Flight school students take controls for first time
IERW instruments student WO1 James Byler, B Co., 1st Bn., 145th Avn. Regt., reviews a pre-flight check list with LSI instructor-pilot Tim Brown Aug. 11. During training at Cairns Army Airfield, Byler learned to become proficient at flying the TH-67 Creek using only his gauges.

FORT RUCKER, Ala.--(Editor\'s note: This is the second in a series about flight school training.) Flight school students entering phase two of the training program here soon find themselves dressing in full flight gear, acquainting themselves with their instructor-pilots (IPs) and controlling a TH-67 Creek helicopter. This 22-week portion of flight school - comprised of Initial Entry Rotary Wing (IERW) and Basic Warfighter Skills (BWS) - provides the foundation for helicopter flying.

Headquarters and Headquarters Company, 1st Battalion, 223rd Aviation Regiment commander Capt. Jesse Blanton called IERW "kindergarten for Aviation," because the basic TH-67 precedes advanced aircraft training. Before boarding helicopters, students spend two weeks in classrooms and simulators. Aviation Medicine, also known as "Aeromed," is the first class they encounter and teaches the effects of flight on the body. Students then spend time in simulators during systems class where they practice starting a TH-67, handling it and obtaining general Aviation knowledge.

Students then learn to fly real TH-67s at Cairns Army Airfield. Students spend the final four weeks in the TH-67 at Shell Army Heliport, where they learn Aviation navigation skills during BWS, Blanton said. Following physical fitness tests, students select their aircraft and potential duty stations. Aircraft assignments are based on Army needs along with an order of merit list. National Guard students typically already know what aircraft they will fly based on their home unit.

Active-duty students also select their top three duty stations at this time. Blanton said IERW teaches students basic helicopter equipment, terms and maneuvers. IERW is split between eight weeks of contact, or primary, which teaches students how to fly the aircraft, and eight weeks of instruments. This second portion requires students to fly using only gauges and no outside visual reference. Lear Siegler Services, Inc. (LSI) IP Kyle Smith said students fly a total of 53.4 hours in the two months he works with them. One of his students, 2nd Lt. Cassandra Perkins, D Co., 1st Bn., 145th Avn. Regt., said primary is a challenging but rewarding experience.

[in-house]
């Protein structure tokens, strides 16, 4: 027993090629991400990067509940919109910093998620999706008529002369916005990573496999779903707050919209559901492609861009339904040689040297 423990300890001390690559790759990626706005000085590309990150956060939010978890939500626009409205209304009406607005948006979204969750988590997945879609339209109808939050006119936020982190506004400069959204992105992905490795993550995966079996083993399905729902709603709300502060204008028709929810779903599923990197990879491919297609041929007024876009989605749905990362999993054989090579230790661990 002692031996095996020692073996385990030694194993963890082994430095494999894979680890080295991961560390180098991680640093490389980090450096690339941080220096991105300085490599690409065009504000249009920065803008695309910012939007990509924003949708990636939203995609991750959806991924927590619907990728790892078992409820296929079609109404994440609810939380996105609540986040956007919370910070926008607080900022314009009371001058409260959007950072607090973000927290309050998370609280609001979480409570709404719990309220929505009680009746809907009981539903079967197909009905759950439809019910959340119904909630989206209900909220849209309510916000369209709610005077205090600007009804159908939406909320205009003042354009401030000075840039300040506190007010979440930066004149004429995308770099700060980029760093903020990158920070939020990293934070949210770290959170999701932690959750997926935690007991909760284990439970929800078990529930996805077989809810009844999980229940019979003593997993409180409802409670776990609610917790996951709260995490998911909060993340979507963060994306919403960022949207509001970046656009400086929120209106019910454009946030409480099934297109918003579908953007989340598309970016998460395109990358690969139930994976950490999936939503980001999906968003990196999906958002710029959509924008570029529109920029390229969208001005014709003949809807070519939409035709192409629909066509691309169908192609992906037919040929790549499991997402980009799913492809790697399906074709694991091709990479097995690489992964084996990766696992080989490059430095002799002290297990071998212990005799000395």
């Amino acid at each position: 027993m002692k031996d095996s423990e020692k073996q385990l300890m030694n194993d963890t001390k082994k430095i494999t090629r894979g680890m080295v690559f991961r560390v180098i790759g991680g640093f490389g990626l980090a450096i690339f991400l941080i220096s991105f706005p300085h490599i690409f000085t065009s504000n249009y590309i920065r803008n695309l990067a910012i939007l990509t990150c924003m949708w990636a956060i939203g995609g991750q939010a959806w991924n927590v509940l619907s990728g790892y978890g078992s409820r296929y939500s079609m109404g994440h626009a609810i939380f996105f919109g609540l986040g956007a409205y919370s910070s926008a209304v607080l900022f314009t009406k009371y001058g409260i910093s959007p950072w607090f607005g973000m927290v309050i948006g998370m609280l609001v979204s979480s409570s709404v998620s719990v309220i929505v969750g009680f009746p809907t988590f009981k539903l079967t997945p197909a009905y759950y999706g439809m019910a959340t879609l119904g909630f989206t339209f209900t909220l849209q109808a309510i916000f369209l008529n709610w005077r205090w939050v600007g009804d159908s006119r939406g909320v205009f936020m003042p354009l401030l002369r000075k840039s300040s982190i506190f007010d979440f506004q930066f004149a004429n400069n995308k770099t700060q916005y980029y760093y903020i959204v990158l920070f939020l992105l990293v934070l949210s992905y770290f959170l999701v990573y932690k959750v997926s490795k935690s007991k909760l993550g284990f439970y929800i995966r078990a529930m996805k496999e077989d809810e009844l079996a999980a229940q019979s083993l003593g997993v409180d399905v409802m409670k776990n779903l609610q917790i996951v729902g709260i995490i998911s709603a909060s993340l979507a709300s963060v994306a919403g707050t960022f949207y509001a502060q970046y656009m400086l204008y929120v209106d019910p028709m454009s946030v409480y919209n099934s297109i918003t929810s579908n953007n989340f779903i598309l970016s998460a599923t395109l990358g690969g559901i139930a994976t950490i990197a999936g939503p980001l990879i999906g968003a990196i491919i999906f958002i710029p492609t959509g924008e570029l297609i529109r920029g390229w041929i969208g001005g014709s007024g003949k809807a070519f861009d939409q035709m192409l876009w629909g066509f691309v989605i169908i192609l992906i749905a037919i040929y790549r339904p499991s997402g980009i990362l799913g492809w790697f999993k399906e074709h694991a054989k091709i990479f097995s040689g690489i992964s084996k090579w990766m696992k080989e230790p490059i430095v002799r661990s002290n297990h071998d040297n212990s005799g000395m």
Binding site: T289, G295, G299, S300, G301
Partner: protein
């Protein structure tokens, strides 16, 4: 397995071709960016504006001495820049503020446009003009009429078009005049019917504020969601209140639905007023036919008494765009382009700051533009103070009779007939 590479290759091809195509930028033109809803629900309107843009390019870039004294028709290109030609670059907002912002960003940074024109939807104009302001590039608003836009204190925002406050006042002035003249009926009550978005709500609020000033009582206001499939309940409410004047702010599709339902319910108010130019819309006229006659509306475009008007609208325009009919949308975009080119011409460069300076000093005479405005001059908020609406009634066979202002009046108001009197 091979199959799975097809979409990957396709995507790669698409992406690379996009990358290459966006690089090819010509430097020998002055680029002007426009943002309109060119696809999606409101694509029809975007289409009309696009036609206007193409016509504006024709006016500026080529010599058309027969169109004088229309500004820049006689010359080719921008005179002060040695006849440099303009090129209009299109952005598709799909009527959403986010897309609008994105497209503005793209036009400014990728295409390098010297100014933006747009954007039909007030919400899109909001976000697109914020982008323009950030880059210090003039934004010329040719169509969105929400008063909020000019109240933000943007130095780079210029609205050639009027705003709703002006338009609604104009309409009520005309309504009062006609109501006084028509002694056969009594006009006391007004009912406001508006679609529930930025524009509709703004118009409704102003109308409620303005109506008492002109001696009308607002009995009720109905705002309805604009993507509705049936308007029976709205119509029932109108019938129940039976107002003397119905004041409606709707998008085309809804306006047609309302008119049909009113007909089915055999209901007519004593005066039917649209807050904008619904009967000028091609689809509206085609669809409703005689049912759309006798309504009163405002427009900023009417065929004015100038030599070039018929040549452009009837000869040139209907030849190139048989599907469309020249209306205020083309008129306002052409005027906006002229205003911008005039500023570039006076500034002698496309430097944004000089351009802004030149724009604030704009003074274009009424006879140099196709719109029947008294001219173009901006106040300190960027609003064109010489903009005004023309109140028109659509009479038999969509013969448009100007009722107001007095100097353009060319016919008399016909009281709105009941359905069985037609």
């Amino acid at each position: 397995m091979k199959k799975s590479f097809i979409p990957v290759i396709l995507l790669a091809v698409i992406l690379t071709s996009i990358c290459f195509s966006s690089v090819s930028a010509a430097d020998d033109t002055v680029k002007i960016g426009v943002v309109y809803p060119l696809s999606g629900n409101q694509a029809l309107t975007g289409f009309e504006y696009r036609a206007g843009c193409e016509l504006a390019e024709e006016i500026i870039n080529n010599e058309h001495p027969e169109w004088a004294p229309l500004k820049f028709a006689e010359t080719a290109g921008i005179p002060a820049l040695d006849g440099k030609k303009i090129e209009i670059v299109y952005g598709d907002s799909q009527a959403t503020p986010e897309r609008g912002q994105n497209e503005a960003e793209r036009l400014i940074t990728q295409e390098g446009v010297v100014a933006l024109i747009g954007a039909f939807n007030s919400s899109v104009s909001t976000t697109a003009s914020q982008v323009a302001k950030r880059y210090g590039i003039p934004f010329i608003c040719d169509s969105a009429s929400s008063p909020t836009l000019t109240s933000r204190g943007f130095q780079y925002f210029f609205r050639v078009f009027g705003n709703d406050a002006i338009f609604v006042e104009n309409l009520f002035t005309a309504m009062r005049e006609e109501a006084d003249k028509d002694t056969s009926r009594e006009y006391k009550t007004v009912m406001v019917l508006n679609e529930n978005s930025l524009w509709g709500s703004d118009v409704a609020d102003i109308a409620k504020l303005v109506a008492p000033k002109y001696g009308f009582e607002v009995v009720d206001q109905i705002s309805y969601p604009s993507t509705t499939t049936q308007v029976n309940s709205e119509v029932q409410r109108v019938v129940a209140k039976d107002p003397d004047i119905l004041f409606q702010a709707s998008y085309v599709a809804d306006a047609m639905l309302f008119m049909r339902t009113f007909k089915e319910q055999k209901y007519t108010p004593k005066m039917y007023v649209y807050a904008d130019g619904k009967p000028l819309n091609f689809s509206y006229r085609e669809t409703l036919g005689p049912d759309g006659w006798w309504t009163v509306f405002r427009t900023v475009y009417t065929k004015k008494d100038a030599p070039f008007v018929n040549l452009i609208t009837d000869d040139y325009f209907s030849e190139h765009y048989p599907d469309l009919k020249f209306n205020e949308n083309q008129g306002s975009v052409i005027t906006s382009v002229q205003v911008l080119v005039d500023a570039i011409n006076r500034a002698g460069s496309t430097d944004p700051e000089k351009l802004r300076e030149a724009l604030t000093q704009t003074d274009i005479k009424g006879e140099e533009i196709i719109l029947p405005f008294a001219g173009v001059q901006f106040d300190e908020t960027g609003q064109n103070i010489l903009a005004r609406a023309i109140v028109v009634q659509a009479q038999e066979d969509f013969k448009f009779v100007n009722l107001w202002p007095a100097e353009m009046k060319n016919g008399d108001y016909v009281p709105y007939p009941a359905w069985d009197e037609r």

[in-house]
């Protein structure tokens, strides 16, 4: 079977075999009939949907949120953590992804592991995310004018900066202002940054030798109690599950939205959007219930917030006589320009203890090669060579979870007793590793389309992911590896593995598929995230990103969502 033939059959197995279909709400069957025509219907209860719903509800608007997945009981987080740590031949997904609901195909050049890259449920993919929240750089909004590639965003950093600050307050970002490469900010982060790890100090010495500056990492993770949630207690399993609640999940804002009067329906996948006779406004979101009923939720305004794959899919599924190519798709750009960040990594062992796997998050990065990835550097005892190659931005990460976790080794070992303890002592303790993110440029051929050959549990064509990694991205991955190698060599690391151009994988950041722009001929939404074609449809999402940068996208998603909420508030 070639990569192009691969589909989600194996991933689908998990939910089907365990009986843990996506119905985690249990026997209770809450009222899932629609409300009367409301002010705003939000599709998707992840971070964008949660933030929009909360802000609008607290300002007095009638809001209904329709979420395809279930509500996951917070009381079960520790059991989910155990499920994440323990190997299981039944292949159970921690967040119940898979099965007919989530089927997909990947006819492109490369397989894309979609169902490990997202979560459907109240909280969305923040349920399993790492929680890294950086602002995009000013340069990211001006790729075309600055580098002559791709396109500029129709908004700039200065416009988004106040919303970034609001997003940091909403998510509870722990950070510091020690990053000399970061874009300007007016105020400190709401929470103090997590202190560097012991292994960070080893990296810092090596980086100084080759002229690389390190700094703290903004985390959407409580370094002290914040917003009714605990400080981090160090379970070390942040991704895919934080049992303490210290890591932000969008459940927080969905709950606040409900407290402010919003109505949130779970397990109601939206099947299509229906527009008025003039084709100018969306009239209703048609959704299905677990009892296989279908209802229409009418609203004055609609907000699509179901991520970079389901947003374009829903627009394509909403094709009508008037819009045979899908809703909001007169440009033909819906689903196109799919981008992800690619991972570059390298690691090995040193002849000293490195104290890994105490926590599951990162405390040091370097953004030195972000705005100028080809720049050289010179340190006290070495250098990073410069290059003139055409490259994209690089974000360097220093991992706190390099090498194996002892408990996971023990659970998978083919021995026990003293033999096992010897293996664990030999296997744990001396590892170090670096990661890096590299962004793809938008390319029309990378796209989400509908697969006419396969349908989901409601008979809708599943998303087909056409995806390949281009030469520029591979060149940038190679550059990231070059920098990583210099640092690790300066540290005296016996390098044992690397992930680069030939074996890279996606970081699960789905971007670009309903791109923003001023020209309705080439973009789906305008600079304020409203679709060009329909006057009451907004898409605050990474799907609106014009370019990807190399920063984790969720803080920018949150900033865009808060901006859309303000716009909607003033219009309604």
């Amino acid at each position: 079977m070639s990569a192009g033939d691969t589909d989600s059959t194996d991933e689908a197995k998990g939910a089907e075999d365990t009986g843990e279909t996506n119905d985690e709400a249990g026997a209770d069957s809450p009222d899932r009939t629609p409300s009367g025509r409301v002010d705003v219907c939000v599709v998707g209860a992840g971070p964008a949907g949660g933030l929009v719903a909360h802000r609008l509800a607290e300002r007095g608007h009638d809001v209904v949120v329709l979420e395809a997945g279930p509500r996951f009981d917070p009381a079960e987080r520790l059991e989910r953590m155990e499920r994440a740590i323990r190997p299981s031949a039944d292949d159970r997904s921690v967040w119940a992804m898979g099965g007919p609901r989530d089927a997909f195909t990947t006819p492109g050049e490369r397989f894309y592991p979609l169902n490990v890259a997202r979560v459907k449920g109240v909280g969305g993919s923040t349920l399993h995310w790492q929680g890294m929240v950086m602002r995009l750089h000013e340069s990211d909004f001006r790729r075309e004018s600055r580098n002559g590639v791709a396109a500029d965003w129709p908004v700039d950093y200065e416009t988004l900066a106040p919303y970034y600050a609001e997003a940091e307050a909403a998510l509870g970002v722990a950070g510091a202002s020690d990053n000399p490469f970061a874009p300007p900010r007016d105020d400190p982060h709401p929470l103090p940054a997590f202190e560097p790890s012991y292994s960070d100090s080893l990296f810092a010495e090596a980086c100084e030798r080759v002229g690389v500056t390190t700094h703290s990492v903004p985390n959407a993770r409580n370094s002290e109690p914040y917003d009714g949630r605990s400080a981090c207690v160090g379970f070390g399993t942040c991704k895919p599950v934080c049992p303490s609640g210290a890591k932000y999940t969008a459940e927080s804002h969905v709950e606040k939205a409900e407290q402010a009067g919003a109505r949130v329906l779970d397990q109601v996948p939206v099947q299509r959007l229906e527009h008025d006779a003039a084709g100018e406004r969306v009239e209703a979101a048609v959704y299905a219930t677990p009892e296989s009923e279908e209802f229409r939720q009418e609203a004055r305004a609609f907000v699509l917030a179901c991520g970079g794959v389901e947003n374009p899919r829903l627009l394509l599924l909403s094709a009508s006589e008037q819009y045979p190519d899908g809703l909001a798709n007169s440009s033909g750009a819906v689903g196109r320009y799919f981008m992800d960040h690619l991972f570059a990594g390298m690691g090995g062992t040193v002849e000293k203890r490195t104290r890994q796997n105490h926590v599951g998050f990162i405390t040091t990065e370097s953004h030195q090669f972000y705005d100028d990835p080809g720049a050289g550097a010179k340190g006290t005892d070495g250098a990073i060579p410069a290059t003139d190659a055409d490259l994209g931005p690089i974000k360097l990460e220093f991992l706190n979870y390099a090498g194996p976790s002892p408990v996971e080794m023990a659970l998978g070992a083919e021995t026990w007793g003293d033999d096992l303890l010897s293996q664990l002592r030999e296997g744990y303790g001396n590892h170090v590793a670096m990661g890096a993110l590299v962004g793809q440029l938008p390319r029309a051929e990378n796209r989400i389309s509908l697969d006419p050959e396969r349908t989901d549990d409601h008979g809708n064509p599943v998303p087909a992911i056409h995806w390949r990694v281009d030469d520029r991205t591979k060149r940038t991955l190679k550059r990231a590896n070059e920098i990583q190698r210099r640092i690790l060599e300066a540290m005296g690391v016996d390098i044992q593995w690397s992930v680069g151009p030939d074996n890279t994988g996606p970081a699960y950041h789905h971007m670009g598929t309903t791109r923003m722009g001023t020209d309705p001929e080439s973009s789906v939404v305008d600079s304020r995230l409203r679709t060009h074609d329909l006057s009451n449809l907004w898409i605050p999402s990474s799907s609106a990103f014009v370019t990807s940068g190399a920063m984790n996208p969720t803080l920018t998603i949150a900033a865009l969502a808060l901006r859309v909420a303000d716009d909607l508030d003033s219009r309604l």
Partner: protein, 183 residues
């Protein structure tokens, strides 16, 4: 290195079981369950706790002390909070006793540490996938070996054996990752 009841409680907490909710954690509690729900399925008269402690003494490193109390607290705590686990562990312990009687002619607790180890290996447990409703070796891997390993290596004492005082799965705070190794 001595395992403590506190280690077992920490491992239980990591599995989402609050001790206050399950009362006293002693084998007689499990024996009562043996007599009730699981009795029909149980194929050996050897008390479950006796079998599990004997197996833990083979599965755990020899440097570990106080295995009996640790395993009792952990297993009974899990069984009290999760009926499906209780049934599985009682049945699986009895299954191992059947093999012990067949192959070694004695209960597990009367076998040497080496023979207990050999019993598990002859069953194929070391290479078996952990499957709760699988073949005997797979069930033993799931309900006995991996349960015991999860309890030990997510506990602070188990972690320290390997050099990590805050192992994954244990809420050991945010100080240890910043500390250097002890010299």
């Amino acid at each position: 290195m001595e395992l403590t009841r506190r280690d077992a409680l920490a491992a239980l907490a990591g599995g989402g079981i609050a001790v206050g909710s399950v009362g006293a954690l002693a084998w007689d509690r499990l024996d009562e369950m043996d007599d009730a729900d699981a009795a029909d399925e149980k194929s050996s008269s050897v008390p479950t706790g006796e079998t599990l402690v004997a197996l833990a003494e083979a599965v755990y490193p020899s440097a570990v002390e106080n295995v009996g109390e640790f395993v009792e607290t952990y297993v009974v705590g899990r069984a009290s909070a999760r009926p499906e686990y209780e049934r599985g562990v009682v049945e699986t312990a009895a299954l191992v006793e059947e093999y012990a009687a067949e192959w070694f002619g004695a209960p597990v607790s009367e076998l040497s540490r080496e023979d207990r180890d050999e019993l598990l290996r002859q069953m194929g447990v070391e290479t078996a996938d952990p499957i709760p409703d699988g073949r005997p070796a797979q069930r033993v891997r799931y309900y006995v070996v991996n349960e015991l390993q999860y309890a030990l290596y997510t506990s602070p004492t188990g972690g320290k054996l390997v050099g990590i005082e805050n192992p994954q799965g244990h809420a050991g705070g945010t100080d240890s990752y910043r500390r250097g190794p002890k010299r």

"You learn something new every day," she said while performing TH-67 pre-flight checks Aug. 11. She said the most difficult part for her has been learning the mechanics of the aircraft. LSI instruments IP Tim Brown taught WO1s Erik Allen and James Byler, both of B Co., 1st Bn., 145th Avn. Regt., to fly using only gauges last week. The students wore blinders over their visors and a black curtain covered the aircraft windshield. Brown said the biggest challenge for his students is ignoring their sense of balance, which can be misleading while flying blind or through clouds.

Allen said studying and learning to trust himself and his instruments have helped him become successful during IERW. Byler said he believes instruments is the most beneficial "real world training" he has received during his time here. He advises incoming students to learn gauges thoroughly. Brown said instruments students spend 30 hours training in simulators before conducting 16 hours of actual flight training. Once students complete phase two, they are proficient in the TH-67 and ready to move on to another aircraft.

Most students experience a hold time of several months between IERW and phase three. During that break, officials encourage students to study in anticipation of boarding their dream helicopters.

Page last updated Fri July 22nd, 2011 at 12:16